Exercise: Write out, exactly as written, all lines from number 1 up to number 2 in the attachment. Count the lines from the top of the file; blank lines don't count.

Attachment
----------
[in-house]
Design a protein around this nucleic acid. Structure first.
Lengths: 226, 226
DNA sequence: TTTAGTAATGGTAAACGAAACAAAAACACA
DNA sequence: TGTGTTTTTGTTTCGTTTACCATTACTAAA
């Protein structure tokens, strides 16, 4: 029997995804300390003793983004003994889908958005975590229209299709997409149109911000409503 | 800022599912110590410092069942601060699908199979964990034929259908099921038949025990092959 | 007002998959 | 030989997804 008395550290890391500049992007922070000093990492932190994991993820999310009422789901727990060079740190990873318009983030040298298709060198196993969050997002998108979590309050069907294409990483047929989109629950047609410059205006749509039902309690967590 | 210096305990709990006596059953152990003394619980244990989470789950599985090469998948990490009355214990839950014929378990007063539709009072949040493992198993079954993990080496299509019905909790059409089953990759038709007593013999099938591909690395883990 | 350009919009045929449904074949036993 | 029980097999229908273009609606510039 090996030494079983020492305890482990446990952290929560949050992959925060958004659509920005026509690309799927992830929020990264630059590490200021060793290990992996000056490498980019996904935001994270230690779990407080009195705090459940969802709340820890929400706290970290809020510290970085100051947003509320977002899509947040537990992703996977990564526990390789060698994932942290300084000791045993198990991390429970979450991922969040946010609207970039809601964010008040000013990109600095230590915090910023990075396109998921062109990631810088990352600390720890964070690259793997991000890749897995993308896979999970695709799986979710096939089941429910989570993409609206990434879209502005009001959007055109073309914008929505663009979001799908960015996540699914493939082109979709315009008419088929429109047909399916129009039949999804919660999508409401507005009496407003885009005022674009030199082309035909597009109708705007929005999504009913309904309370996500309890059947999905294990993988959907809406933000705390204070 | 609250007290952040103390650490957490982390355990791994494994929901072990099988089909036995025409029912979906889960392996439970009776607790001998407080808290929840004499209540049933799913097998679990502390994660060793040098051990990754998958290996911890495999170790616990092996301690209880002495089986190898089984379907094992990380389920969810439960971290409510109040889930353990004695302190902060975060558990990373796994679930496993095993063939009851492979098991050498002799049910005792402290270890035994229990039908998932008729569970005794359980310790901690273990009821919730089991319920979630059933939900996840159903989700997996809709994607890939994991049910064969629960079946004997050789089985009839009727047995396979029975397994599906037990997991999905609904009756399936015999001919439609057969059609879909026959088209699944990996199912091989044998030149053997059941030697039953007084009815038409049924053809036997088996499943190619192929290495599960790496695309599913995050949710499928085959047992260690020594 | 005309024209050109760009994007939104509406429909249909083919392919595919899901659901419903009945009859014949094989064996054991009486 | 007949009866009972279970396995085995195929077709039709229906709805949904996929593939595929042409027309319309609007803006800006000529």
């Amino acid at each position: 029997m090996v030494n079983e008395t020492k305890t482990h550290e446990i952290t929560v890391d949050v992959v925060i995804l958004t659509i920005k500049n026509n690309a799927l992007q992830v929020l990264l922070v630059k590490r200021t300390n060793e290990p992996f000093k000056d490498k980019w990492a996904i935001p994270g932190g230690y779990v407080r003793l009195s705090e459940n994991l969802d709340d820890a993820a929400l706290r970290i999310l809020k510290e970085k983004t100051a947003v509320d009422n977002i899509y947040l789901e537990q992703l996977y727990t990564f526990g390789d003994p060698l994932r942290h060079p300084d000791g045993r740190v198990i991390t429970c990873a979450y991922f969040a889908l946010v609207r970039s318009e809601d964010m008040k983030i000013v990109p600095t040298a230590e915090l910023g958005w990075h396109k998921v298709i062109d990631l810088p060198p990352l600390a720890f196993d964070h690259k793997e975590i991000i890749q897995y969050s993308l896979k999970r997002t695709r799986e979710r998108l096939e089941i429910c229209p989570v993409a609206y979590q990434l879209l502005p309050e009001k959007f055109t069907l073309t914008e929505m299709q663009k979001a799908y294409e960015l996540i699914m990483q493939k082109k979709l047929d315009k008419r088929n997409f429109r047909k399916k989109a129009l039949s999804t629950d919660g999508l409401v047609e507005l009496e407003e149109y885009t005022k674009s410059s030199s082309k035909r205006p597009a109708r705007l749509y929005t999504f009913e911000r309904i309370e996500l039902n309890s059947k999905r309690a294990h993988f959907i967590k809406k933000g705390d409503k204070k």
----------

[in-house]
Design a protein around this nucleic acid. Structure first.